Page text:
Unfortunately I think a lot the people who are in my contacts list who are regular are in contact via email with will take an age to move on to Wave even if they see the benefits. I have the same problem with GMail and Google Chat. No one in the UK really use it apart from hardcore Google fans like me
Having sad that I’d probably just Wave with myself for a while!
I have not yet been able to do anything on Google Wave that is of note. I also feel like I am talking to myself.
Has anyone been able to go anything really cool with Wave?! I am totally interested to hear how anyone is using this thing.
I have been using WAVE for a few weeks now and I can see how it’s going to be a nice collaboration tool.. The problem is going to be waiting until it is mainstream enough for people to use it.
I think it will come in very useful when building websites and interacting with both clients and partners.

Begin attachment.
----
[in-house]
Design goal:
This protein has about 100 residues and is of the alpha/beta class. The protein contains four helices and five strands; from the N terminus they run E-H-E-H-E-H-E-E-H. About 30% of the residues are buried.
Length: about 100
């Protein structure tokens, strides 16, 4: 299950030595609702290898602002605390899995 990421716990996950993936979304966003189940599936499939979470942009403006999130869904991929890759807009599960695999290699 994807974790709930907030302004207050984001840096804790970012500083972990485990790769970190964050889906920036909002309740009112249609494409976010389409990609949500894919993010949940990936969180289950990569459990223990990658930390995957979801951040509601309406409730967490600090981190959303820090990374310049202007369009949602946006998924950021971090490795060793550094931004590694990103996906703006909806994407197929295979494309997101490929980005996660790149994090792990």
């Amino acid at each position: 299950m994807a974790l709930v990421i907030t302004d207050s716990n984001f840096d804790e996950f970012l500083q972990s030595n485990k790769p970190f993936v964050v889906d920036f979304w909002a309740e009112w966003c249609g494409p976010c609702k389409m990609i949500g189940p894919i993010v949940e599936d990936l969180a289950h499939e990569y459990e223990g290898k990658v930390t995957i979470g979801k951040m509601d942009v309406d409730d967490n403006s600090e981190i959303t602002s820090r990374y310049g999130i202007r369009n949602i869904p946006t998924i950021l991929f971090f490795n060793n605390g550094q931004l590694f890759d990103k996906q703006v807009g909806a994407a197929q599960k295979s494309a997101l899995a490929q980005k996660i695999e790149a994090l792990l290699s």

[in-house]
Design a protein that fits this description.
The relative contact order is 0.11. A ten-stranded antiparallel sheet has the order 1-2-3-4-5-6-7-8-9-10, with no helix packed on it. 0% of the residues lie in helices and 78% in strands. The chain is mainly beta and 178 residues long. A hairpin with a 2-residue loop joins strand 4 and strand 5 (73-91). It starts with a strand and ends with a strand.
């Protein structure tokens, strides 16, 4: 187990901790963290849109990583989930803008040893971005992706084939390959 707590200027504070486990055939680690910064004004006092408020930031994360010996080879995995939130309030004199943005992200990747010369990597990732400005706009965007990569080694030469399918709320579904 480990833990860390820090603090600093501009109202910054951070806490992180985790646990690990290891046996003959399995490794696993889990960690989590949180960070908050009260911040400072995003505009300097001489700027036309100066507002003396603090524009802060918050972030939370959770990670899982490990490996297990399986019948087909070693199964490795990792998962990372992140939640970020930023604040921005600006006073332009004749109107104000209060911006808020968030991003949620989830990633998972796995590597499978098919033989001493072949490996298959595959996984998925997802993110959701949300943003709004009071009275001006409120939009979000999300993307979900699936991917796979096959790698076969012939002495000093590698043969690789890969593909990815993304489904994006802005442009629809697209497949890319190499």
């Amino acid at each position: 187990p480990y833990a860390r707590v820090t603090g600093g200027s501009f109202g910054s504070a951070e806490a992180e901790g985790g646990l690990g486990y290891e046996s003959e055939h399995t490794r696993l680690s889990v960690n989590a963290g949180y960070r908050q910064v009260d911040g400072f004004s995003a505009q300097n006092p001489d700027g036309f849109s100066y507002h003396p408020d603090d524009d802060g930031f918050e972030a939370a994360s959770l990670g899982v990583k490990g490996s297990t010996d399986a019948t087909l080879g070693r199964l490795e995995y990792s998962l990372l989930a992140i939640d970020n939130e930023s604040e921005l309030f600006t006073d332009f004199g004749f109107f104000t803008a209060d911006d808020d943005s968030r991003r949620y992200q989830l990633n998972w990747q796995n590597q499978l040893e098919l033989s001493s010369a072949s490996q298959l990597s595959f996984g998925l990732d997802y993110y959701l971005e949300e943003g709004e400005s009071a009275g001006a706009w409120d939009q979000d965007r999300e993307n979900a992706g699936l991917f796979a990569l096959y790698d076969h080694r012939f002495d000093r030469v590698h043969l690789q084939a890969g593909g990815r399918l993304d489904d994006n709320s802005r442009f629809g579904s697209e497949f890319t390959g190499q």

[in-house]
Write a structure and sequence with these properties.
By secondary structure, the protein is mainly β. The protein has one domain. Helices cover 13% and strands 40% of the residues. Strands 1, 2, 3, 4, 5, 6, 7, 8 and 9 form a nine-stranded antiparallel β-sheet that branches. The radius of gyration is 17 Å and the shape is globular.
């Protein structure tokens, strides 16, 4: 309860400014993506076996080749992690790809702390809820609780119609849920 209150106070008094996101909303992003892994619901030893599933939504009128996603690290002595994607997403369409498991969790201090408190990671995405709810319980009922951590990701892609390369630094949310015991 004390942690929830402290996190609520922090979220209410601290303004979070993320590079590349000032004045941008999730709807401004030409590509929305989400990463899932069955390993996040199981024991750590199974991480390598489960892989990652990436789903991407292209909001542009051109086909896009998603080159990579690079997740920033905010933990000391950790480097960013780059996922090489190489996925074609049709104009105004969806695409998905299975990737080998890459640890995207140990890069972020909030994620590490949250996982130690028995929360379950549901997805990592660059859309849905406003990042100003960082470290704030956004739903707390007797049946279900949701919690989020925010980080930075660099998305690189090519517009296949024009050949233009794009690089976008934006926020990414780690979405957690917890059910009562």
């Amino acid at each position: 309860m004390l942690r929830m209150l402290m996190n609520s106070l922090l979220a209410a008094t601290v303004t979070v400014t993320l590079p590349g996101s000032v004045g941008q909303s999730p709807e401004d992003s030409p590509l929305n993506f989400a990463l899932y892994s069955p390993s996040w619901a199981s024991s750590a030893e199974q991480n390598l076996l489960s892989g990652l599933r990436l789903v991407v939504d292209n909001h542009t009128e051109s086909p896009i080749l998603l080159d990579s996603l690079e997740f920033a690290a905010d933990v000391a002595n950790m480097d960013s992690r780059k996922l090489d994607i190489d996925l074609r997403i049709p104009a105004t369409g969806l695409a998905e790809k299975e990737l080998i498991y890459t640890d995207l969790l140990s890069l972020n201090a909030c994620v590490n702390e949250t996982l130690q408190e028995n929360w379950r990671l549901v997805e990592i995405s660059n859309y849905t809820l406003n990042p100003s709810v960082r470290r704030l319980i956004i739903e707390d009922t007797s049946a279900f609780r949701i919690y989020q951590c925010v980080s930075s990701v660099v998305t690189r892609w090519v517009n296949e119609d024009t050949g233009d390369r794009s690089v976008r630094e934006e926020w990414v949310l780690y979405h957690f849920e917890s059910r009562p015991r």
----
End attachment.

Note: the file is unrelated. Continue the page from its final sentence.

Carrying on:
It’s still very new and thus people are reluctant to see the benefits…but once this is released to the public, they will get more feedback, make it even better and i think it will definitely change the way some communication is done…
Wave is a fundamental platform shift in joint “document” editing.
Under the covers, a Wave is a shared document; currently in XML format. Part of that format is including active parts (called Gadgets). This current “document container” (i.e. the Wave UI) is just the first application that’s being provided to edit these documents. It’s very simple.
Also, Google has opened up their Wave Federation component which really represents a play to allow bridging between Wave and other formats (e.g. email).
Much much more to come.